16:51 GMT08 April 2020
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    Scientists at Tomsk Polytechnic University (TPU), together with their Czech colleagues, have created a device that will help farmers to quickly analyze the chemical content of soil.

    The device will allow farmers to online monitor pesticides content in the soil, and, therefore, to prevent excessive chemicals from entering agricultural products. The study results were published in Talanta magazine.

    According to the authors of the study, food safety is a global challenge for humanity. It’s necessary to control not only the production process and the quality of the products obtained, but also the use of pesticides in agriculture.

    The TPU experts, together with colleagues from the Prague University of Chemistry and Technology, have developed a sensor that can detect pesticides in soil in near real-time mode. The sensor will help farmers to constantly monitor the concentration of pesticides in soil, which will make faster decision-making regarding increasing or decreasing the amount of chemicals in a particular area.

    According to Pavel Postnikov, Associate Professor at TPU’s Research School of Chemistry & Applied Biomedical Sciences, the sensors are made of optical fiber, a simple and inexpensive material used to transmit information in the form of light pulses.

    “We’ve removed a fragment of the fiber sheath, and, using magnetron sputtering, covered the area with the thinnest active layer of gold 20 nanometers in size. It is there that the surface plasmonic resonance effect appears, which is the source of the analytical signal,” the TPU expert explained.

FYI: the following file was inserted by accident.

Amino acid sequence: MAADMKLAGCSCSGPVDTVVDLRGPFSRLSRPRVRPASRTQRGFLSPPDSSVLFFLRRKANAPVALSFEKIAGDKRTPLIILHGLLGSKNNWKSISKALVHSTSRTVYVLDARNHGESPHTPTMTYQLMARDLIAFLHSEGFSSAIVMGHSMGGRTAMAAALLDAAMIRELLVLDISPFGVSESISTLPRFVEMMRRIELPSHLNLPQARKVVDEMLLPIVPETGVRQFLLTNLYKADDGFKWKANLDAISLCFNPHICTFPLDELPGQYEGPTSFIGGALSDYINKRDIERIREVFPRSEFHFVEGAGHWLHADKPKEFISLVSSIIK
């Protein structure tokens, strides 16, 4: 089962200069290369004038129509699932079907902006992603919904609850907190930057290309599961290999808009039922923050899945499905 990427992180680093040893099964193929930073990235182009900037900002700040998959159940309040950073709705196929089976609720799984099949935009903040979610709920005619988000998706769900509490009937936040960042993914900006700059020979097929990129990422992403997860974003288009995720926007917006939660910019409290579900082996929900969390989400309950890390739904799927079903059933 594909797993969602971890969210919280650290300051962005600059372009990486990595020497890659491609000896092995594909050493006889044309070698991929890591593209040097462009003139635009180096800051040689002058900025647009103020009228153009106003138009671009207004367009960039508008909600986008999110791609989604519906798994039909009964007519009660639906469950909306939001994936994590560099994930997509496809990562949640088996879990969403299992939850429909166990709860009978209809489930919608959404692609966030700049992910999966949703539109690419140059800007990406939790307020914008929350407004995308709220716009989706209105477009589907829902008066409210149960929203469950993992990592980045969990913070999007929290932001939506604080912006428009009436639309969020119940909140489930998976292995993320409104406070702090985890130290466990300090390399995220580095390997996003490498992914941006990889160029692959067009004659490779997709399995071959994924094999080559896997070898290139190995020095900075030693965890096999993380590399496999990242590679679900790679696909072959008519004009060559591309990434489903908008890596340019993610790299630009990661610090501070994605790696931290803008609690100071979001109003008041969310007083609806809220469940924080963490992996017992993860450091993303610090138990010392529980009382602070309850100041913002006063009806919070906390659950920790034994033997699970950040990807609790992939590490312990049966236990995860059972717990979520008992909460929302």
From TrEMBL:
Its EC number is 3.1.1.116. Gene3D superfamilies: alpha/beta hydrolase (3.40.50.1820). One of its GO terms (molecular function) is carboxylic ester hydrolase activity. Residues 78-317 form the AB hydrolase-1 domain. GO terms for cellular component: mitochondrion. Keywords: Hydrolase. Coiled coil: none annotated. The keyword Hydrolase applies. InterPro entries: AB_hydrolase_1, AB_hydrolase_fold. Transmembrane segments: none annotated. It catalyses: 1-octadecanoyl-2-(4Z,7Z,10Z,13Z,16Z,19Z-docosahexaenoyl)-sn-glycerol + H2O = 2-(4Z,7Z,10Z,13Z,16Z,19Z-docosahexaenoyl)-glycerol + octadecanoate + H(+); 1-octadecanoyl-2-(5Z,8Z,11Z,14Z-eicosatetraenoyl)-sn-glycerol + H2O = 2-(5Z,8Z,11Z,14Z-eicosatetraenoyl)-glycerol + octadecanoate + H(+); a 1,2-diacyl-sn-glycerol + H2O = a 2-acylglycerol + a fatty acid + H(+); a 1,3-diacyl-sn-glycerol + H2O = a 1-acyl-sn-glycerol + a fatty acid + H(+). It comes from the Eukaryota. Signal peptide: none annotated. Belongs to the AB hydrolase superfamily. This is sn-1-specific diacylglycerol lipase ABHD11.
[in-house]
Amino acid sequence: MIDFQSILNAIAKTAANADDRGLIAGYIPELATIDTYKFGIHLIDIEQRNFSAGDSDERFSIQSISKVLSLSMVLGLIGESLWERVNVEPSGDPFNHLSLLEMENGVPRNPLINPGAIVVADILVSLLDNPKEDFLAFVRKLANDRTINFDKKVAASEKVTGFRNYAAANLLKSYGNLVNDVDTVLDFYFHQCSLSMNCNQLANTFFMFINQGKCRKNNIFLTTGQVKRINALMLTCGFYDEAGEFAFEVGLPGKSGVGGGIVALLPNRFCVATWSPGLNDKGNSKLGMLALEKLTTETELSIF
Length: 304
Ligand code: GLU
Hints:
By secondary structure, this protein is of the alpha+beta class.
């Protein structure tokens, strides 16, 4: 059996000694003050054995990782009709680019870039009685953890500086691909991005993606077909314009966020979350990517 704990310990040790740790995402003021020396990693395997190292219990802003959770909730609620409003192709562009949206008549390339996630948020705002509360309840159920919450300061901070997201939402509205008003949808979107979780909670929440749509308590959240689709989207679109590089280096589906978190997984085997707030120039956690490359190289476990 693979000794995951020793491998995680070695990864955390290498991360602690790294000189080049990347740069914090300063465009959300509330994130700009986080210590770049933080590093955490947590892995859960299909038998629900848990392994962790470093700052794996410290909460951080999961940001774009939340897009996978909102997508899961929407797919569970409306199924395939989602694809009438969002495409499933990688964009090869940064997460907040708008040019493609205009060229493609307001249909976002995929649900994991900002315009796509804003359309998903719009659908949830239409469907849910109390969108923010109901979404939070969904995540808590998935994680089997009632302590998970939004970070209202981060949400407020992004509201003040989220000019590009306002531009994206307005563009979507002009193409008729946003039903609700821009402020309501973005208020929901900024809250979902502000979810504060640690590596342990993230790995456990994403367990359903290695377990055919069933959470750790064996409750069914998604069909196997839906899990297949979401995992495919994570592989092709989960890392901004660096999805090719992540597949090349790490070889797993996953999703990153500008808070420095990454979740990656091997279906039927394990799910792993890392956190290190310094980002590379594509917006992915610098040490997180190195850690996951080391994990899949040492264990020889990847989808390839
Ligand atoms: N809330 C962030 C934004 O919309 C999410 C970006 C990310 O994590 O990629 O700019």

The scientist explained that as a result of resonance, the gold layer emits light. The fiber optic transmits data to a special sensor, where the number of signals is proportional to the content of pesticides.

    Pesticide molecules can be counted by a special organometallic framework grown from matrix solution on the gold surface. A grid with cells of a certain size allows only pesticide molecules to pass to the gold layer.

    “In the future, this modified fiber can be physically laid in a field. It can constantly perceive signals about the presence of pesticides and output the results, including to a portable compact device,” Pavel Postnikov said.

    According to the authors of the study, readily available materials, sensitivity, selectivity and the ability to constantly work in “a real-time mode” are the main advantages of the proposed sensor design. The scientists consider creating technology contributing to the advancement of intellectual agriculture to be their global mission.

    chemicals, sensors, scientists
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